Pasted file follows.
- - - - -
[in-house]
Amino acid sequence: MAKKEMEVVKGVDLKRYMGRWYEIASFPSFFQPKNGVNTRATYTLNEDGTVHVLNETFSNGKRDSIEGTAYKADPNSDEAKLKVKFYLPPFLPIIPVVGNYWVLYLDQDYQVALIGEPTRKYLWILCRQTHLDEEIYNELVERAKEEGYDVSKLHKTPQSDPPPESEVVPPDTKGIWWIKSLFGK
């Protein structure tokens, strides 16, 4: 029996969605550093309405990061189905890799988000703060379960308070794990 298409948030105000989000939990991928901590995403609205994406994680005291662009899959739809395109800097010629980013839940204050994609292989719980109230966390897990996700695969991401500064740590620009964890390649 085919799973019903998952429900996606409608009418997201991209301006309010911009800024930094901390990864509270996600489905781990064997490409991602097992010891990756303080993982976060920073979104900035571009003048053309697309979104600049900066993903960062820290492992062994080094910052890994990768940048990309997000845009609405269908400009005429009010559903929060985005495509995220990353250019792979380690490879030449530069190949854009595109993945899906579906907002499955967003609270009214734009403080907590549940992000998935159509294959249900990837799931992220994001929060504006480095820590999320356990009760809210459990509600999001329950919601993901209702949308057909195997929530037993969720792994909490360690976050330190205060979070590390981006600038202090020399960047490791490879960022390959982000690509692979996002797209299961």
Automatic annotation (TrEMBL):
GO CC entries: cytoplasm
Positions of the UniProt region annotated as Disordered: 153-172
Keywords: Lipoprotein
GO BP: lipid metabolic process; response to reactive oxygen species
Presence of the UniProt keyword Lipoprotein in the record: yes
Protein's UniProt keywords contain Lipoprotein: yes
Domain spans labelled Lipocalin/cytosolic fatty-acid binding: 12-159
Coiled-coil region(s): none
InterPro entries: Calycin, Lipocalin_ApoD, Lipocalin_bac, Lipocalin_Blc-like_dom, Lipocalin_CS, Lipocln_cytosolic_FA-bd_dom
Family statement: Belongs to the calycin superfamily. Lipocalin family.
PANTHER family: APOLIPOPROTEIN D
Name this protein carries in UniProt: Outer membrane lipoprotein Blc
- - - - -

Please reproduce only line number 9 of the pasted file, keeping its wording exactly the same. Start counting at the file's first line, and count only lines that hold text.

Presence of the UniProt keyword Lipoprotein in the record: yes